In this sense, Elmendorf’s statement also implies that the other three Visiting Fellows, whose titles were not rescinded—unlike Manning’s—do “share our values.” Significantly, these three men are not uncontroversial individuals either. One of them is Corey Lewandowski, who served as Donald Trump’s presidential campaign manager. Lewandowski also was charged criminally for simple battery in March 2016, after allegedly assaulting a journalist during a Trump campaign rally.

We will never know what Manning might have taught students at Harvard’s Kennedy School. Elmendorf reportedly told her on the phone that Lewandowski and former Trump press secretary Sean Spicer would remain fellows because they “brought something to the table.” Manning might, of course, have had something to say about government secrecy, or the facts she exposed, including the U.S. cover-up of killings of civilians by American soldiers in Iraq. A second policy issue she might have “brought to the table” is discrimination based on an individual’s criminal record or status as formerly incarcerated—an issue that was roiling Harvard’s campus last week even before Elmendorf’s decision.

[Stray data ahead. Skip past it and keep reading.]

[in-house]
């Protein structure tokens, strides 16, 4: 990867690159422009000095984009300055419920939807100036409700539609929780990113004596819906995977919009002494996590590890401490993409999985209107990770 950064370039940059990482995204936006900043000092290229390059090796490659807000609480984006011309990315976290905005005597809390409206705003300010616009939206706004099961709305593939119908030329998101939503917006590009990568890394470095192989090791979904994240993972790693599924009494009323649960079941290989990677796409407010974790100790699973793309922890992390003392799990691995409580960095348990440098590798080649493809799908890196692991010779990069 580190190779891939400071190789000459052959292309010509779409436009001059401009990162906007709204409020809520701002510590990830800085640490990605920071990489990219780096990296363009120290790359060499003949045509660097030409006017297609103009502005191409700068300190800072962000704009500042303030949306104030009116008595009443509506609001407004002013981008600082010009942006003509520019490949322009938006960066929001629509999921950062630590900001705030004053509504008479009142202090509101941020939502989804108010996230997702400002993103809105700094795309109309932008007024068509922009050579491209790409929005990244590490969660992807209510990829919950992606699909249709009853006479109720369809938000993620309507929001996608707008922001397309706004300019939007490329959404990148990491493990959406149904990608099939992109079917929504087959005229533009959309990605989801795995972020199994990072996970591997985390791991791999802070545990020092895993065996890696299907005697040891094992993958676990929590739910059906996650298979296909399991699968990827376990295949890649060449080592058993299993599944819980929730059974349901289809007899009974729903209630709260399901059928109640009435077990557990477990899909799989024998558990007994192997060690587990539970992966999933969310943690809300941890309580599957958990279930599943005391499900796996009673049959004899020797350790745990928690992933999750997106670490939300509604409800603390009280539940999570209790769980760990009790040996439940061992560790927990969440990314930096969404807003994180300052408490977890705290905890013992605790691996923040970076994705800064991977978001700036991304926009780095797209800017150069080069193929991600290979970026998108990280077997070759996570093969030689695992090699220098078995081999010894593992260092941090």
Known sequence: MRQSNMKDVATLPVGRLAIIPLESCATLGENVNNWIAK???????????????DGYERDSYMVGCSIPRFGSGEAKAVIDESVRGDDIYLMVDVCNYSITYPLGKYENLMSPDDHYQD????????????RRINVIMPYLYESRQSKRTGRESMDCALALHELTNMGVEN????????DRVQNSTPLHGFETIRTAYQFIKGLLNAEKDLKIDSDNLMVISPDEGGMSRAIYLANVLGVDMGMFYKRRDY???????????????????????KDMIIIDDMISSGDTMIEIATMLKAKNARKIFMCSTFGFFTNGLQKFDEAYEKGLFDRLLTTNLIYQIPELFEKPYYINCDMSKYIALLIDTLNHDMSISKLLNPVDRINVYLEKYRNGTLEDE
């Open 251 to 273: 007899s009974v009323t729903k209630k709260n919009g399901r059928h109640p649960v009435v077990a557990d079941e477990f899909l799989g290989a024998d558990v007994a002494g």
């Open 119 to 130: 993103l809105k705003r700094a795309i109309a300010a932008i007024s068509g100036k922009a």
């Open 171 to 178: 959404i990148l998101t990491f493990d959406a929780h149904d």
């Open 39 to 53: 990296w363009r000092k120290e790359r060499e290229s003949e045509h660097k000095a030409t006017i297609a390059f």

Crucially, having Chelsea Manning speak would not damage Harvard—nor does anything she has to say pose the slightest risk of endangering national security. But I want to highlight a third policy issue about which Manning has expertise: a disproportionate share of the more than two million people America keeps in cages are transgender, and these trans prisoners are subjected to inhumane practices, including isolation, violence, and the systematic denial of medical care.